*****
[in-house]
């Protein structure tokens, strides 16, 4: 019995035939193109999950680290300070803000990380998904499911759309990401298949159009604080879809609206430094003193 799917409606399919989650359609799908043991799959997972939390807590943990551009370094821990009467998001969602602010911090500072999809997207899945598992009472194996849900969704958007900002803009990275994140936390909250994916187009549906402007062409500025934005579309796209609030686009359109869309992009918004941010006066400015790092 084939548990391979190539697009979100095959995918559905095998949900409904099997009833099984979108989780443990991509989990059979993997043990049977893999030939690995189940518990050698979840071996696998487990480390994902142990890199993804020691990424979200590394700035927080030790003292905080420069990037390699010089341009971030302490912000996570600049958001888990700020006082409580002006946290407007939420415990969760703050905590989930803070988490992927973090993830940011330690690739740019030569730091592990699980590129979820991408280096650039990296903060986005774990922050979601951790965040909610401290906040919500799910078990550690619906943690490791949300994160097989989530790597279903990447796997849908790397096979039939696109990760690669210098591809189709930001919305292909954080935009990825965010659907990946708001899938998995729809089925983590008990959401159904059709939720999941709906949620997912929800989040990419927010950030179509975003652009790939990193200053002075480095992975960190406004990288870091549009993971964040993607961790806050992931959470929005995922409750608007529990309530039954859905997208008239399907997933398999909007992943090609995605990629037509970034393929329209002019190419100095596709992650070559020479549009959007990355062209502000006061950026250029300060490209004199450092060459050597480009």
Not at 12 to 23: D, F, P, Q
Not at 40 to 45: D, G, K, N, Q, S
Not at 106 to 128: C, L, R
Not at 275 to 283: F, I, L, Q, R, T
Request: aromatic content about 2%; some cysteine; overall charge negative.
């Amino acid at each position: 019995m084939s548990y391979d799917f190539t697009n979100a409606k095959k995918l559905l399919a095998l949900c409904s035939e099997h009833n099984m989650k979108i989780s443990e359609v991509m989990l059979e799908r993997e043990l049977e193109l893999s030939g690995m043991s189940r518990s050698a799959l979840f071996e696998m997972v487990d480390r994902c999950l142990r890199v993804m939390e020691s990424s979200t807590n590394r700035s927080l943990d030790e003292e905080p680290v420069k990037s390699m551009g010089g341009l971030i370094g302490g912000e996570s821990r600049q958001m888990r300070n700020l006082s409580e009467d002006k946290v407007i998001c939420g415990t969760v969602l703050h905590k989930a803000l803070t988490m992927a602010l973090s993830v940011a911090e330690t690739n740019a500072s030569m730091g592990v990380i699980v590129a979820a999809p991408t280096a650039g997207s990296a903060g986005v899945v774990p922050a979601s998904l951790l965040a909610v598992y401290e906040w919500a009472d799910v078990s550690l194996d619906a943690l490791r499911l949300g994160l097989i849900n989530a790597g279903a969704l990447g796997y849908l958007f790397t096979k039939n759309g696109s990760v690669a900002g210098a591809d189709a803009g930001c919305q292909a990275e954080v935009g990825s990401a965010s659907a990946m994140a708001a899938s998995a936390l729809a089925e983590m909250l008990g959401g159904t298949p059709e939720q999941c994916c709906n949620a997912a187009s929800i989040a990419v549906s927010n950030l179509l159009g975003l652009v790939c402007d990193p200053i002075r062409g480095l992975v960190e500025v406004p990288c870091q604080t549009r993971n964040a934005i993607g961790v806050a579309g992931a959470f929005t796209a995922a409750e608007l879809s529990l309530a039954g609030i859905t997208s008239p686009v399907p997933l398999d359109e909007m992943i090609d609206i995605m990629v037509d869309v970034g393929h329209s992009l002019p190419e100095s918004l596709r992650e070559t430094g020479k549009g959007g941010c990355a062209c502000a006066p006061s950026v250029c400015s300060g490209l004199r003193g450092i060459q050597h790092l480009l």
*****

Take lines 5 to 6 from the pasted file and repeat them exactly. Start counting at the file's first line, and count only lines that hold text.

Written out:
Not at 106 to 128: C, L, R
Not at 275 to 283: F, I, L, Q, R, T